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I am an experienced software developer, want to refresh discrete math back in uni.

I am looking for a book that is easy to read, contains more examples, and exercises and solutions for self study beginner.

There are two books below that are recommended by others. Which one should I pick:

Below are their books in uk, one of which I will buy based on the US edition.

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    $\begingroup$ I don't know much about these types of courses, but isn't Knuth et al.'s Concrete Mathematics considered the standard text? $\endgroup$ – Jack M May 15 '14 at 22:29
  • $\begingroup$ Thanks. I knew that. Maybe I am wrong. But others said, it is a bit old and part of it is very advanced, not for beginner. $\endgroup$ – Pingpong May 15 '14 at 22:38
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I took Discrete in the fall and we used that Susanna Epp's Discrete Mathematics with Applications which I found to be pretty good and had a lot of examples. It's not easy reading though.

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  • $\begingroup$ Thanks. Could you please tell me a bit more about the book, e.g. is the author's writing easy to read, are those examples helping understanding, what about the exercises for each chapter? Will those exercises be enough for self study considering the an additional solution book. Do you know why Suanna's book is used for your course over Kenneth's if applicable. $\endgroup$ – Pingpong May 15 '14 at 22:43
  • $\begingroup$ I liked the writing and how it is set up. Its like 1000 pages, and much of that are examples and problems. I found it to be a bit tough for a beginner depending on the topic and your math background, but it was my first CS class so perhaps that's normal. I'm not sure why it was chosen. $\endgroup$ – Terry Schmidt May 15 '14 at 22:49
  • $\begingroup$ Thanks. Did you buy its Student Solution book? $\endgroup$ – Pingpong May 15 '14 at 23:01
  • $\begingroup$ I didn't but I can imagine it being useful if you can't follow the examples, but also I found that when I had a question people welcomed me asking it on this site. :) $\endgroup$ – Terry Schmidt May 15 '14 at 23:07
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I used Rosen when I took discrete mathematics in college. It's very readable and well-organized.

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I like Lehman, Leighton and Meyer's "Mathematics for Computer Science" a lot. It is lecture notes, updated roughly once a year in fall (modify the URL in the obvious way). Very thorough (aimed at Computer Science applications, obviously), it covers much of the whole range of discrete math and related areas. Not exactly a one-semester course. Nice examples, clear explanations. Might need to complement it with the exams and homework for this (or some other) course. Best of all, can't beat the price.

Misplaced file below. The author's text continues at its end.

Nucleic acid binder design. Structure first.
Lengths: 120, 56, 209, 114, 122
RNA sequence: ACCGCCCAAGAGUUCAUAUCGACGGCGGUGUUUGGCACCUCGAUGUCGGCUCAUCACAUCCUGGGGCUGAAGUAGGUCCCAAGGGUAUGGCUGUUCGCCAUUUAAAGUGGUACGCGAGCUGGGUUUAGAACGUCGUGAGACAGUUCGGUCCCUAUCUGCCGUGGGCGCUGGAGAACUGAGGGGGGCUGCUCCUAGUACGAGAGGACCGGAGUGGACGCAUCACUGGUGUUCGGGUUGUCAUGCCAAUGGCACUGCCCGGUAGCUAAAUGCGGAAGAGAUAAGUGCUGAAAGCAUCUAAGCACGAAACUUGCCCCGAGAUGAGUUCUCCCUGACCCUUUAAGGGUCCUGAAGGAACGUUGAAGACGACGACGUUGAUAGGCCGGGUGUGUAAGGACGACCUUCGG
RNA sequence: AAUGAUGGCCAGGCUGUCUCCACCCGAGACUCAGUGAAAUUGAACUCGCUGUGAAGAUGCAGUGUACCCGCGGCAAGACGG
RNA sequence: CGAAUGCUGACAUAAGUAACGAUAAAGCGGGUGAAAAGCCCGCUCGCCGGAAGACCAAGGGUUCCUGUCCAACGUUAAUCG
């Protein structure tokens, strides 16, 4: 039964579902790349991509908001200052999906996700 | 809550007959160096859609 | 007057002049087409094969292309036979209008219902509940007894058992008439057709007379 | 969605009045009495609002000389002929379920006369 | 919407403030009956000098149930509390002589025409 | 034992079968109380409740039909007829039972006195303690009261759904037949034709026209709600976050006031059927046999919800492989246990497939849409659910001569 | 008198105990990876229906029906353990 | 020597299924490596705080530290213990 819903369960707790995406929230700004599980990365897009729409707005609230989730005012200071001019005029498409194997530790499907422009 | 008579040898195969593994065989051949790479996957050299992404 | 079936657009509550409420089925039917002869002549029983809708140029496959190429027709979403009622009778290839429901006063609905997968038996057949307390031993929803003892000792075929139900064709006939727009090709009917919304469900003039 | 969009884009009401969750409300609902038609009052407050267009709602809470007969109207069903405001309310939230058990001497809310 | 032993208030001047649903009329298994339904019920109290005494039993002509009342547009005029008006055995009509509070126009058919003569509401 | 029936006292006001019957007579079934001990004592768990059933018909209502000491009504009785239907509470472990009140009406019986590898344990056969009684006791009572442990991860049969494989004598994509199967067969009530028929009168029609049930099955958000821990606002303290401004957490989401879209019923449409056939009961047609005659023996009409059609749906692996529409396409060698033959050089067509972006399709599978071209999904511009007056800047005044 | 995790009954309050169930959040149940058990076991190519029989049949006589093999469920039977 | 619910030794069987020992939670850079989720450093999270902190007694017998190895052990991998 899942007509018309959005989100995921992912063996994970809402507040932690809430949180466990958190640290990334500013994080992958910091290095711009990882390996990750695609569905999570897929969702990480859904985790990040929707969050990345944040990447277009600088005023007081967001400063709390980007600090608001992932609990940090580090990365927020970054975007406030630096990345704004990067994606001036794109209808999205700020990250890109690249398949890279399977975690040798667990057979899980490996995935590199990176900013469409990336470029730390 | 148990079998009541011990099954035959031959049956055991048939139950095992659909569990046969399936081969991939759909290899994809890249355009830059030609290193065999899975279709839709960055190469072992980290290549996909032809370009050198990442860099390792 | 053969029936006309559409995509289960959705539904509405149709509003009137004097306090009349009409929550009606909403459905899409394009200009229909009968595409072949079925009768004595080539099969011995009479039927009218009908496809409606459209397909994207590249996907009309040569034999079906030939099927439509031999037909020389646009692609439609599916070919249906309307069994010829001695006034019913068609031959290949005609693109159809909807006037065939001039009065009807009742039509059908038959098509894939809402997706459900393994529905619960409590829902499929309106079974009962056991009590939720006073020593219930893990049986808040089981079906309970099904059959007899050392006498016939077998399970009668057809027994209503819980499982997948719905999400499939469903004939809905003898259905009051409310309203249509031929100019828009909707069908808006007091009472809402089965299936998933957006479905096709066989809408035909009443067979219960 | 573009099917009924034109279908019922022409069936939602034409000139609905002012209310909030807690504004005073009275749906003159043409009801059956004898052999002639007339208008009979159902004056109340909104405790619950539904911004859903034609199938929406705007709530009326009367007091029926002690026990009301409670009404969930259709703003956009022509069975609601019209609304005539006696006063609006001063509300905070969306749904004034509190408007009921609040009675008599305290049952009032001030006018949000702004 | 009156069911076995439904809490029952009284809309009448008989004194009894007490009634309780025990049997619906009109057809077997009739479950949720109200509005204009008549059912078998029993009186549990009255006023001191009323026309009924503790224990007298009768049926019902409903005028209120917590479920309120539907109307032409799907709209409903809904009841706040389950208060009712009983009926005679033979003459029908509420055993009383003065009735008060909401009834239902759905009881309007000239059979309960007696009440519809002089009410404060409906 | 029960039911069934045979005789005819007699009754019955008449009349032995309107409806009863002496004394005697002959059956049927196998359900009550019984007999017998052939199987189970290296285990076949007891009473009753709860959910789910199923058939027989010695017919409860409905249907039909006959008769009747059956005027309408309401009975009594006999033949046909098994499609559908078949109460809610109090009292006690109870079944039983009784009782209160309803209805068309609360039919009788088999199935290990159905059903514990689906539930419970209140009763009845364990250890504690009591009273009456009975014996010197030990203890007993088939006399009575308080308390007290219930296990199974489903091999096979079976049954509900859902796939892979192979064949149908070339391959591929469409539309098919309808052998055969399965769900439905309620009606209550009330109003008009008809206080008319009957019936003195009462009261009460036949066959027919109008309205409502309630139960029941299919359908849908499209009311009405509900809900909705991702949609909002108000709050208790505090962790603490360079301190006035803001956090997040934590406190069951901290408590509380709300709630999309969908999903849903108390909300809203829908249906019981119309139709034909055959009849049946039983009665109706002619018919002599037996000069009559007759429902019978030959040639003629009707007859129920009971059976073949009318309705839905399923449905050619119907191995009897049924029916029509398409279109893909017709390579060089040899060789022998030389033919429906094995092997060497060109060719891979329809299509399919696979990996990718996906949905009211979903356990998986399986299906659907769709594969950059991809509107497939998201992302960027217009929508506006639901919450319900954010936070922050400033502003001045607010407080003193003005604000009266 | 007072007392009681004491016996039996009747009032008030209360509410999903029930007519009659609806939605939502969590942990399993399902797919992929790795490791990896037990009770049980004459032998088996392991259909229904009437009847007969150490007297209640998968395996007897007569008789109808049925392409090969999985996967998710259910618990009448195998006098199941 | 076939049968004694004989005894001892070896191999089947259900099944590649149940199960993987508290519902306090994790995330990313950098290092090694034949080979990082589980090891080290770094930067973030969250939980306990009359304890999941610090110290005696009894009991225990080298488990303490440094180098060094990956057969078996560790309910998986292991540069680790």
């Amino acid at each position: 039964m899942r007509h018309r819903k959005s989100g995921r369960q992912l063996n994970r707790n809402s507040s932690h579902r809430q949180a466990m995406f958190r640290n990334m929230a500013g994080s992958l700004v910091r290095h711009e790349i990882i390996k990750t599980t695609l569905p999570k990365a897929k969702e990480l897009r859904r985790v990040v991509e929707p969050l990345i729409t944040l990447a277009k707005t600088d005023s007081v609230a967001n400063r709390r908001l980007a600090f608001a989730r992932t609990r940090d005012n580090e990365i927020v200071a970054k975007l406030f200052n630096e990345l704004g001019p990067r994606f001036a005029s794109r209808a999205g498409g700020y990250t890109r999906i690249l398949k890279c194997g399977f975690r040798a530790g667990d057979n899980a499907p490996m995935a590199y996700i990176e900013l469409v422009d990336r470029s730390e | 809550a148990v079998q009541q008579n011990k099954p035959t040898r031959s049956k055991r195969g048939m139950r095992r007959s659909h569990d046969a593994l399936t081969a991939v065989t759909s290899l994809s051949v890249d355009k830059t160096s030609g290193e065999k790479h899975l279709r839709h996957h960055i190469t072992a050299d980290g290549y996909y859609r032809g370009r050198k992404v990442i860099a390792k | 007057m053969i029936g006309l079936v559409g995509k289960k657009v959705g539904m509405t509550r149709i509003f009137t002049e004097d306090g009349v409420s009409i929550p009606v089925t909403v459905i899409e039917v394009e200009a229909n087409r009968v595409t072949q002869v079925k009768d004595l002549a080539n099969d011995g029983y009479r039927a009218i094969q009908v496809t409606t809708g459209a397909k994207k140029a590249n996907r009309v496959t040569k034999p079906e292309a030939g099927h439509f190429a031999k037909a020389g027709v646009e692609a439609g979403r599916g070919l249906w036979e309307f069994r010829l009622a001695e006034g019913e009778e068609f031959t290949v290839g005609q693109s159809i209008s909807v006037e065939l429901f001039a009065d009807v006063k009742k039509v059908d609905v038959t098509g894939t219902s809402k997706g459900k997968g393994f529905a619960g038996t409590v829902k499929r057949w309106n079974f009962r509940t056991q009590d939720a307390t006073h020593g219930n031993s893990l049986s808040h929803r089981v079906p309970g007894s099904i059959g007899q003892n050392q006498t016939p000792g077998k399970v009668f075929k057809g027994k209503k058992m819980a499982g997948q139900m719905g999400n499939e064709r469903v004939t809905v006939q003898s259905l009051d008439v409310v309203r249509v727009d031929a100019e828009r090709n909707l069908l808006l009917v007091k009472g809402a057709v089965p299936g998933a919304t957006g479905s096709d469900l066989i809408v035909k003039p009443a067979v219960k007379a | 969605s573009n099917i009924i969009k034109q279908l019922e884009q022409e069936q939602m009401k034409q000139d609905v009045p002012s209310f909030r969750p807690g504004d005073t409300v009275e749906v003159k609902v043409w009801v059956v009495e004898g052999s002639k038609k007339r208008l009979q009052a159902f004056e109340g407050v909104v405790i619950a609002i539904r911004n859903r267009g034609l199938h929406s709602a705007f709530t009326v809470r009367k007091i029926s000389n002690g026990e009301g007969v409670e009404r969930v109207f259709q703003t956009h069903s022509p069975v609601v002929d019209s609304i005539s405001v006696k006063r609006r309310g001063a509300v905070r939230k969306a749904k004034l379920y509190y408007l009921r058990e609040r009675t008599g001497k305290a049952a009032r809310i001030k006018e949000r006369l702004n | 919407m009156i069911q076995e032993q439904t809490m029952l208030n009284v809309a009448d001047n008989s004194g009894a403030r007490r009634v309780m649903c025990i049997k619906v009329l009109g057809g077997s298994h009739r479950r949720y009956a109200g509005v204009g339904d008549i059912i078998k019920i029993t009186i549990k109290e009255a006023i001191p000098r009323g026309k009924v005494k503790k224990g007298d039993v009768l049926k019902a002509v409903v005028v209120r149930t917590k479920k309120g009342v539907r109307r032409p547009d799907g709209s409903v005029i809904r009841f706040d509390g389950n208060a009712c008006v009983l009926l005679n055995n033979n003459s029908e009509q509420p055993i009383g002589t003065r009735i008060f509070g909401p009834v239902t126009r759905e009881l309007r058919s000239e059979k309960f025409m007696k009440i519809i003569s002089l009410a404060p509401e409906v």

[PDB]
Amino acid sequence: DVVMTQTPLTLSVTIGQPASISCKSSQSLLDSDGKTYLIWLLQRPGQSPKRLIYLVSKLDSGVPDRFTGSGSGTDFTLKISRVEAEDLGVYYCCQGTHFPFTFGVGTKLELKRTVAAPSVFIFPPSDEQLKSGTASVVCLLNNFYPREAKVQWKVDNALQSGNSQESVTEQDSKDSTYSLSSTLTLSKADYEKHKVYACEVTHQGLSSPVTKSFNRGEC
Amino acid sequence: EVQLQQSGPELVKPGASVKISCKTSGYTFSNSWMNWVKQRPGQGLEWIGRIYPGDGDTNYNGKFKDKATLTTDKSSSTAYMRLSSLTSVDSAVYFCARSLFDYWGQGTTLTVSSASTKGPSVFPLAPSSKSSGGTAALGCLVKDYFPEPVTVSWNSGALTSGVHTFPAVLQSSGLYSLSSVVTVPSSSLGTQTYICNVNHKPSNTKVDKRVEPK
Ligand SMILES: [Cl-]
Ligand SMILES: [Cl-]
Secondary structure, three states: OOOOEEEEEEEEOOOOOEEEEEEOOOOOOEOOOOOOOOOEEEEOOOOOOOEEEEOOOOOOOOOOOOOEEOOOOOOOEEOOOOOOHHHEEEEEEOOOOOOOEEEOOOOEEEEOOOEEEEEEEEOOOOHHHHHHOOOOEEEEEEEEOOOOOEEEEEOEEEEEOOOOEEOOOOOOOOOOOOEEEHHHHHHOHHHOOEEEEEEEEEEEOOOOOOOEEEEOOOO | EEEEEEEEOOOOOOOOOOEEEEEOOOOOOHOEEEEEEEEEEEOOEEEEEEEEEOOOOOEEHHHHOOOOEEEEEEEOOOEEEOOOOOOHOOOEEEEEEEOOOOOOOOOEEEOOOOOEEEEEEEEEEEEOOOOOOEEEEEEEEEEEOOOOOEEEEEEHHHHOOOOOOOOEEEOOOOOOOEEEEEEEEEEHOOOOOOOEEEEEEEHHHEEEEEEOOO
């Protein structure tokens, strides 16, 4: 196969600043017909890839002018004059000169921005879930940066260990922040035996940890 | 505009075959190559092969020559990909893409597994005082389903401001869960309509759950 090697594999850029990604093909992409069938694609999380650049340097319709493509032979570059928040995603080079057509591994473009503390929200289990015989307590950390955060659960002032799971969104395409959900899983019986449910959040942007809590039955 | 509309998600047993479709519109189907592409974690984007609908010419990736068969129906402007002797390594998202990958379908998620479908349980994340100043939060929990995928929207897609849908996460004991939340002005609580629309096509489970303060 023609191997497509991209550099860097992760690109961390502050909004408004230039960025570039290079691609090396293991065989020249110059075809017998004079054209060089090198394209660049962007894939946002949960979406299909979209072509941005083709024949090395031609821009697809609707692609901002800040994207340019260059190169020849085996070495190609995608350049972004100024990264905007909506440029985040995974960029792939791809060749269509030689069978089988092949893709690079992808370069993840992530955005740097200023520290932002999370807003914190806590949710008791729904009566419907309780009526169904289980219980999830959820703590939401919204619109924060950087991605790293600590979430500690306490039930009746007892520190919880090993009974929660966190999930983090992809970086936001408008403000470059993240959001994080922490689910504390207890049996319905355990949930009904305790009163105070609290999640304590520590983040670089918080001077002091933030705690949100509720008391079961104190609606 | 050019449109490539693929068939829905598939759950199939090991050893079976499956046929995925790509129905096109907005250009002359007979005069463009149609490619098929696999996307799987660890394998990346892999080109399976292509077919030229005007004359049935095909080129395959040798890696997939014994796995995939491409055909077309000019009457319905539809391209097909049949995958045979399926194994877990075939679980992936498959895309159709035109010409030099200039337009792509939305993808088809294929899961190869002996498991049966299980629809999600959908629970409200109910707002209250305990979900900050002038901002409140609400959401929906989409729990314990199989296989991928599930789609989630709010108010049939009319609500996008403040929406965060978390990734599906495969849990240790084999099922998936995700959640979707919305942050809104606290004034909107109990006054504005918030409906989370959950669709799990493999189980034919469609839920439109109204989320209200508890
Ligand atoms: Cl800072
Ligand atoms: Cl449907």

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  • $\begingroup$ Thanks. I liked that too. But there is no exercise solutions publicly available. Even I want to buy it. $\endgroup$ – Pingpong May 15 '14 at 22:48
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I am actually using Susanna Epps book right now. Our professor made us read the Schuams Outline of Discrete Math but I just couldn't engage with the content of that book, so i decided to read Susanne Epp's book instead.

I also rented a copy of Grimaldi's Discrete Math textbook. My conclusion is this, Susanna Epp's textbook is perfect for those beginning in Discrete Math. It is filled with examples. The practice problems in each section have detailed answers that allow you to grasp the problem solving mechanisms behind each problem. I also believe that the ordering of the chapter flows really smoothly. I would definitely self-study with Susanna Epp's book because it is well written and self-contained. She also does not assume that the reader knows any discrete math.

After reading Epp's book, I would recommend getting Grimaldi's discrete math textbook. It covers a lot more advanced topics and it has interesting and challenging problems. My course of action is to finish Epp's book and then reading the later chapters of Grimaldi's book.

Check samples for the books you are interested and see which text provides a level of clarity that you can understand.

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